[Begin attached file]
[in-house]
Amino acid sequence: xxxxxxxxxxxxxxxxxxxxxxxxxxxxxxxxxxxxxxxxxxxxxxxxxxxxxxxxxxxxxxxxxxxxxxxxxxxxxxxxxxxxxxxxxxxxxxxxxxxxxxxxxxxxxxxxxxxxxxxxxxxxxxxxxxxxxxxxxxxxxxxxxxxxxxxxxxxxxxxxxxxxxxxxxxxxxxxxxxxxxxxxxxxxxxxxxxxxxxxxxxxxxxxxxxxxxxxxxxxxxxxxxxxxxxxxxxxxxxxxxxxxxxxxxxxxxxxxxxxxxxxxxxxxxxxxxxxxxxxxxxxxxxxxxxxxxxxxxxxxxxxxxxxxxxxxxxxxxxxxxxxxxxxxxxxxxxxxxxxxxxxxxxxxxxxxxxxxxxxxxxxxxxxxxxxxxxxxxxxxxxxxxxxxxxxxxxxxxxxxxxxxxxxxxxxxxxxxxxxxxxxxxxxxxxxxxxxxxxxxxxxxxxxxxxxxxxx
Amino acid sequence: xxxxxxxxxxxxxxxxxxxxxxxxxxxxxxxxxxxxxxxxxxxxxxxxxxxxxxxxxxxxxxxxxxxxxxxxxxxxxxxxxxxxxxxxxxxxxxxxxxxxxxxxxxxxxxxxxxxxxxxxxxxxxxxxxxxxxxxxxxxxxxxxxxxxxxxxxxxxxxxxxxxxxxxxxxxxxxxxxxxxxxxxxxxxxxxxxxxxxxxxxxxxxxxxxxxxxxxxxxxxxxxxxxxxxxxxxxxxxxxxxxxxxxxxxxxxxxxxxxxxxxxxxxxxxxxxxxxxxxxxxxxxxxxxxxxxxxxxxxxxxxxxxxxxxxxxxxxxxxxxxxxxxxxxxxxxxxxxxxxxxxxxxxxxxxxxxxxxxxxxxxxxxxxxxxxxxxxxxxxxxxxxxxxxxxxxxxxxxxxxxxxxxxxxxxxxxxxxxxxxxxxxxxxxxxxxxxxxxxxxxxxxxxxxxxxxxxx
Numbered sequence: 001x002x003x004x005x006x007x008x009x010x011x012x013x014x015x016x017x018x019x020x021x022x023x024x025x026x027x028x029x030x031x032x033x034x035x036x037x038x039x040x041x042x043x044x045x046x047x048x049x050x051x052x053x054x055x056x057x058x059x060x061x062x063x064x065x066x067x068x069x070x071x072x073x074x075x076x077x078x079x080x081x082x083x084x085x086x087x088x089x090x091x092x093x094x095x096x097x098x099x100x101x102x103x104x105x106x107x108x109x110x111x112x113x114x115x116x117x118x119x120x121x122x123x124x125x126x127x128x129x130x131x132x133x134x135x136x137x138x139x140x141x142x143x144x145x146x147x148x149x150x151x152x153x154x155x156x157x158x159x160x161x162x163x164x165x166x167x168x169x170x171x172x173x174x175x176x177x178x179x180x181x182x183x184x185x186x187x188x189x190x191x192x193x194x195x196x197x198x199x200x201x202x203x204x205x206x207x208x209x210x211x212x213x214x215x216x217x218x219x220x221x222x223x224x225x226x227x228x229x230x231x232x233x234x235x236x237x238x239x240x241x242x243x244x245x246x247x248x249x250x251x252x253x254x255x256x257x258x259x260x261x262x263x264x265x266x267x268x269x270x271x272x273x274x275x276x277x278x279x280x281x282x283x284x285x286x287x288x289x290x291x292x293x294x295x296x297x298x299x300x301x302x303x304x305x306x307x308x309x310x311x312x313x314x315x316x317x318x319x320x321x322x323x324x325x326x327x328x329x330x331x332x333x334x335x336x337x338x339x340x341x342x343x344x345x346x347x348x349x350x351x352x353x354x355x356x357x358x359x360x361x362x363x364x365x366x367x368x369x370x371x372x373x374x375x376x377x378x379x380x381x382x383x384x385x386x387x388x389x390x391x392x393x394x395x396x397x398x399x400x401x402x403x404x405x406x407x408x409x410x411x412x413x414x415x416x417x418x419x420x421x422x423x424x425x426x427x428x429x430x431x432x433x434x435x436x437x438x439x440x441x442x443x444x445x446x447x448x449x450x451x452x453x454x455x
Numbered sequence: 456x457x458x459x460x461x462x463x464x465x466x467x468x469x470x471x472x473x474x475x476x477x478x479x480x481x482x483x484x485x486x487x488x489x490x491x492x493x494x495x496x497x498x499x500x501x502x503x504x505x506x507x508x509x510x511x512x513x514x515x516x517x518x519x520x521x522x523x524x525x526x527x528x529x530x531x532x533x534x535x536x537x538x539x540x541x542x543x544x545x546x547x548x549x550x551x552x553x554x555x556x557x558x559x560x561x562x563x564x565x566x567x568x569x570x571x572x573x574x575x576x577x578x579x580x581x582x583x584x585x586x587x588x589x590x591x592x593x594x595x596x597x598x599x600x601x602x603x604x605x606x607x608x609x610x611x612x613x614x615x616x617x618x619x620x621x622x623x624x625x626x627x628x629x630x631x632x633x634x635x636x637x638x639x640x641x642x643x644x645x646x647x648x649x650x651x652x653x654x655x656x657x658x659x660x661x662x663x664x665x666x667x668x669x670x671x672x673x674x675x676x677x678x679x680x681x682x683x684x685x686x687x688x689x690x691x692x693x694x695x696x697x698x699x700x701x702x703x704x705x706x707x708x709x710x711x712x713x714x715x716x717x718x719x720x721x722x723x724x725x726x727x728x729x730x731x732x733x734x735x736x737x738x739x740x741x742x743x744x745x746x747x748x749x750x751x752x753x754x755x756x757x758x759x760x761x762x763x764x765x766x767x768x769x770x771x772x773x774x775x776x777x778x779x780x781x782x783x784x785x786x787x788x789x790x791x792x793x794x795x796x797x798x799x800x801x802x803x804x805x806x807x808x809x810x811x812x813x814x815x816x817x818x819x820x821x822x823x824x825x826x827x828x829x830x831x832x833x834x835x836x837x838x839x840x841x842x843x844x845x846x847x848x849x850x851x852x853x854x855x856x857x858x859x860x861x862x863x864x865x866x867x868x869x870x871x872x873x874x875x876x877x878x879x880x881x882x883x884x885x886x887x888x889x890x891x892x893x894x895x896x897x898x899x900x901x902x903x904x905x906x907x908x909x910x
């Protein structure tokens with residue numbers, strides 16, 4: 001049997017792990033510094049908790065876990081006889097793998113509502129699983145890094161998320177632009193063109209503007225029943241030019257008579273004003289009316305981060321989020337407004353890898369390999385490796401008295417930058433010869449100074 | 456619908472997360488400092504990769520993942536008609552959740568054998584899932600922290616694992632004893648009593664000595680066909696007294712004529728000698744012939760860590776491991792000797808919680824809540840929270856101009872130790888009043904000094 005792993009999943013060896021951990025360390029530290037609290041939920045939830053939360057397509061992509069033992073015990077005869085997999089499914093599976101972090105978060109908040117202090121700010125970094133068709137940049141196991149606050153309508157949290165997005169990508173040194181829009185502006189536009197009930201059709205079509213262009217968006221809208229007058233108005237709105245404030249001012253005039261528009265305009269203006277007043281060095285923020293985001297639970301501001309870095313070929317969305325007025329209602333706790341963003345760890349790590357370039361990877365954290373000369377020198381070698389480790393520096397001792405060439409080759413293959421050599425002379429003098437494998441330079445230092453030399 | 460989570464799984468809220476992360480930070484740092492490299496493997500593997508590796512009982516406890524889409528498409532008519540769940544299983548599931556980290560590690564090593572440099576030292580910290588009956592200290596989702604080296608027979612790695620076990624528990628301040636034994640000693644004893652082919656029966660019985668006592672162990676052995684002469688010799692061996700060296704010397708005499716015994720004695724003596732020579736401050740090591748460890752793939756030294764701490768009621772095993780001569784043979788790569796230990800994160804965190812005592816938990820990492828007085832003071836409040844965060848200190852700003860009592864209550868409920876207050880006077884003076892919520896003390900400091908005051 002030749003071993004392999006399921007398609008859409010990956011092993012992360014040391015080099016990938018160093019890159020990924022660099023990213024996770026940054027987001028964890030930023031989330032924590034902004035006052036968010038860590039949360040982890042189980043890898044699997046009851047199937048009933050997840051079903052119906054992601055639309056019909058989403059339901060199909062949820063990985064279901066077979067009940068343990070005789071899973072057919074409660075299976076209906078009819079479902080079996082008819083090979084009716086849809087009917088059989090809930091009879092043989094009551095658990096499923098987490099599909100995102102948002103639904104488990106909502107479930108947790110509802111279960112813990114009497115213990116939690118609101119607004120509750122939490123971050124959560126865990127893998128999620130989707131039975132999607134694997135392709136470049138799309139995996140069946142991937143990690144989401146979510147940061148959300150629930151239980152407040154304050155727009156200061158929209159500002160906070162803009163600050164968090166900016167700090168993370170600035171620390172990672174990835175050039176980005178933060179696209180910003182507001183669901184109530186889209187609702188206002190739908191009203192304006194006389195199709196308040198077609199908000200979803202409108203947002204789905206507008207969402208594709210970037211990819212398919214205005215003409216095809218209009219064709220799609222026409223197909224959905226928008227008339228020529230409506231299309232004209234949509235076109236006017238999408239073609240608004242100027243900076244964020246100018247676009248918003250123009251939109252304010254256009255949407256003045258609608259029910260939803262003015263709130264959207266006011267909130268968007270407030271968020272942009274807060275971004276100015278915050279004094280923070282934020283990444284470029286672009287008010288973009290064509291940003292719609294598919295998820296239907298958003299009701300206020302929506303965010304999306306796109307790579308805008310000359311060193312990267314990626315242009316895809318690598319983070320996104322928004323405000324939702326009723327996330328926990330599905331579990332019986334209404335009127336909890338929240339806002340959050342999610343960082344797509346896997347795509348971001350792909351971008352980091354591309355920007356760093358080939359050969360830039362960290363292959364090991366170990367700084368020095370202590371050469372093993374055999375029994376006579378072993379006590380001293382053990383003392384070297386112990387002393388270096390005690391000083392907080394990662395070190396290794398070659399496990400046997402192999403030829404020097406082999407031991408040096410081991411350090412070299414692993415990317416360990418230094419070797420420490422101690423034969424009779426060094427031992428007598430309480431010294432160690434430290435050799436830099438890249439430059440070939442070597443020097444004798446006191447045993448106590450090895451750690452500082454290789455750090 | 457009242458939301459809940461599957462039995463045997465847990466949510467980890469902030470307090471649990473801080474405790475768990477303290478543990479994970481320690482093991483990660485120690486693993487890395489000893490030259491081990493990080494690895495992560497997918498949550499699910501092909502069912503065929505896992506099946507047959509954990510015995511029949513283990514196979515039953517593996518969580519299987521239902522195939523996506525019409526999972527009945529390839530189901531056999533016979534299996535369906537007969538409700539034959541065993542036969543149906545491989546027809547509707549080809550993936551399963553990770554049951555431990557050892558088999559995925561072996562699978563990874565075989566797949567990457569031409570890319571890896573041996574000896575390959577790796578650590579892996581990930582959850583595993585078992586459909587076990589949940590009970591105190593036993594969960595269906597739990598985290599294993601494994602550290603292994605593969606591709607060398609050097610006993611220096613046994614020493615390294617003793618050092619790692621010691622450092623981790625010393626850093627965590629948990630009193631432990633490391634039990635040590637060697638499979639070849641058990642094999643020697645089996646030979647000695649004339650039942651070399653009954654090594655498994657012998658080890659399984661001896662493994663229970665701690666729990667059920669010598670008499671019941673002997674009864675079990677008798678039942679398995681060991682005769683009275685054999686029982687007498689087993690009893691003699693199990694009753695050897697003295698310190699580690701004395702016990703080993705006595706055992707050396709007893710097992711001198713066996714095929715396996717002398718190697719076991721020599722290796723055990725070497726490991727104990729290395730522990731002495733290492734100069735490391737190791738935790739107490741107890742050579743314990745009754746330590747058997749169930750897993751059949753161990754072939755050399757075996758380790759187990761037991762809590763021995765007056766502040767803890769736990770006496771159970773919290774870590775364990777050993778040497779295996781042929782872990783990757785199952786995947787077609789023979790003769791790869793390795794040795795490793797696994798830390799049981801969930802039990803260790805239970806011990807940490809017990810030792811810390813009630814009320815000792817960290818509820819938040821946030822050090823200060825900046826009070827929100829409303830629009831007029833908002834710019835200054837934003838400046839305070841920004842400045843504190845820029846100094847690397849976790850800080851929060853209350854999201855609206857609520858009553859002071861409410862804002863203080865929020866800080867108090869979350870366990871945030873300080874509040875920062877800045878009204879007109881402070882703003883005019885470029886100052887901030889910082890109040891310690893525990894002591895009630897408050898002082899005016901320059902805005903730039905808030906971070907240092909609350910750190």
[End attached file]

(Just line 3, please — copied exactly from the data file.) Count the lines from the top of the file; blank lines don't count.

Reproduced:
Amino acid sequence: xxxxxxxxxxxxxxxxxxxxxxxxxxxxxxxxxxxxxxxxxxxxxxxxxxxxxxxxxxxxxxxxxxxxxxxxxxxxxxxxxxxxxxxxxxxxxxxxxxxxxxxxxxxxxxxxxxxxxxxxxxxxxxxxxxxxxxxxxxxxxxxxxxxxxxxxxxxxxxxxxxxxxxxxxxxxxxxxxxxxxxxxxxxxxxxxxxxxxxxxxxxxxxxxxxxxxxxxxxxxxxxxxxxxxxxxxxxxxxxxxxxxxxxxxxxxxxxxxxxxxxxxxxxxxxxxxxxxxxxxxxxxxxxxxxxxxxxxxxxxxxxxxxxxxxxxxxxxxxxxxxxxxxxxxxxxxxxxxxxxxxxxxxxxxxxxxxxxxxxxxxxxxxxxxxxxxxxxxxxxxxxxxxxxxxxxxxxxxxxxxxxxxxxxxxxxxxxxxxxxxxxxxxxxxxxxxxxxxxxxxxxxxxxxxxxxxxx